It’s one of the eternal questions that ignite all dev discussions, on par with:
- Tabs vs Spaces
- Statically typed vs Dynamically typed
- Han Solo vs Greedo
- Jacob vs Edward
To make things simpler, I’m going to use an analogy. Let’s step away from code and programming for a while.
Integrating a paper research team
- You recently integrated a group of people who are working on a big article or thesis. As you can imagine, you won’t do all the work and neither will the rest of your team. The work will be divided into fairly equal parts, so that each member of the team can focus on their branch of work.
- A given member of your team is the lead researcher. This means that their decisions and comments carry more weight; in case of a draw, they are the ones who have the final say. Therefore, we can say that your lead researcher’s work is the source of your truth.
- You have been assigned a new chapter on the research. You Google some existing papers on the subject (based on the main research document), find some images, plot some graphs, draw some conclusions, etc. A few days later, the lead researcher says some other colleague finished their part of the work and that piece has been merged into the main document (which, as I mentioned earlier, is your source of truth).
How should you continue your work from now on? How will you incorporate the newest additions into the research you’ve done so far? What if it clashes with what you currently have? Since the main document is your source of truth, you know it was approved by your peers and by the lead researcher, so you have to do you work starting from there!
Adding new information / Getting updates
How you think it will happen:
How it will most likely happen (with fewer deaths and injuries, hopefully):
Before the YOU’RE A REBASE PURIST accusations start pouring in, let me say that git merge has its advantages (of course it does!), the same way that git rebasehas its disadvantages. People who’ve been through it know that solving merge conflicts is easier and a lot less cumbersome when you use git merge.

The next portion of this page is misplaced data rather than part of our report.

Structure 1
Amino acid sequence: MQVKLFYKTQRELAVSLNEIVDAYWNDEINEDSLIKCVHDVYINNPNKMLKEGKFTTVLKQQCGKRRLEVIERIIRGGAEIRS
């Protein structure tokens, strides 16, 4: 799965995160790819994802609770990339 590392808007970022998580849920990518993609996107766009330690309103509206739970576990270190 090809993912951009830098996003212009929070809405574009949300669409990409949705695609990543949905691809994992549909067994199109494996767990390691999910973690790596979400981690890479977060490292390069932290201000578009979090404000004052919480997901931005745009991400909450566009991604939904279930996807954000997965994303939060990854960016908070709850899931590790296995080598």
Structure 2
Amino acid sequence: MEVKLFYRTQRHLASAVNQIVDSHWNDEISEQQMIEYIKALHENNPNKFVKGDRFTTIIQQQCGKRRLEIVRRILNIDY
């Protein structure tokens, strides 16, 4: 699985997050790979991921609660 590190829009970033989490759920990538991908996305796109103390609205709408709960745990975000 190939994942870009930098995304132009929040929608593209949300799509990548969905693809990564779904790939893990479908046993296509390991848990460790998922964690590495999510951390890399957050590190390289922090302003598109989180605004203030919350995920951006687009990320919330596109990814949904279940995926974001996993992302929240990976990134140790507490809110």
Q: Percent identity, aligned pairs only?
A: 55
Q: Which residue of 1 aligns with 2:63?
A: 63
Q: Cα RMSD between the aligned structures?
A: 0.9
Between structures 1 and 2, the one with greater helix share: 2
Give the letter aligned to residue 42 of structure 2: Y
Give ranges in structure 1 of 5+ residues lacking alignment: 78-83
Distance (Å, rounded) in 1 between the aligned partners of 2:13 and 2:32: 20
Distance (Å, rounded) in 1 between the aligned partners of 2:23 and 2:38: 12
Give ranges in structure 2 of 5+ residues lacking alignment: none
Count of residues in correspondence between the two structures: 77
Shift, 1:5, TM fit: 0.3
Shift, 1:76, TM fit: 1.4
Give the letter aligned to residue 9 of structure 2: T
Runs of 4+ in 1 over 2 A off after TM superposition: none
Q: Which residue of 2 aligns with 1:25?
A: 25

However, what I want to focus is not which one is better, but rather which should be used in which situations.
Going back to the research paper analogy, once you get the updated version of the main document, rebasing your work on it will produce a more coherent work. If you were to merge everything together, you’d probably end up with clashing definitions and mixed up pages (if you started your work on page 20, and the latest document has 23 pages, your work does not belong on page 20 — the same way your commits will be spliced in-between the main branch’s commits).
Furthermore, when checking the log, we will see changes on both sides (main branch and our branch). If we place our changes on top of the most recent commit, there’ll be a straight line detailing in which order everything was done, and so we end up with a more coherent and clearer log history (and we don’t have to read through all the Merge branch develop into dl/feat-123/example commit messages as well).
Merging your research back into the main document
Now that you have your work sorted out and cleaned up, it’s time for the final review before merging it into the main document. By doing this, the moment your work was added to the main research will stand out, because everyone will know when what you did was introduced.
Back to code
I think that most of what I explained before was self-explanatory. Either way, here’s a quick recap, with code:
- You’re added to a repo
- Someone assigns you a feature (let’s assume the main branch is develop)
- Someone updates develop, so you should rebase your branch
- Once you’re finished, open a pull request, get your code reviewed, and merge it into develop
Summing everything up
If in the future you have any doubts about whether you should merge or rebase, remember the following:
- Always rebase from parent branch: this way your work will always be on top of the most up-to-date version of the work (and you avoid having multiple merge commits, keeping you branch history cleaner and clearer)
- Always merge into parent branch: when you merge your branch, you will know when that was done, since there will be a merge commit stating it!
Whether it’s frontend, backend, mobile or DevOps, at Runtime Revolution we have a spot for you!
Top comments (2)
I feel that I couldn't understand how the paper example provides clarity on the benefit of rebase.
To target this same subject I choose to focus the discussion towards communication. Rebase provides a means to work out your chapter before you tell anyone about it.
Git is a Communication tool
Hey Jesse, thanks for you reply!
I understand your point, I knew this metaphor wouldn't resonate with everyone. I tried to approach this subject from an "history of events" point of view, but also seeing commits as pages of a research paper.
Your metaphor sounds interesting, definitely gonna read your post!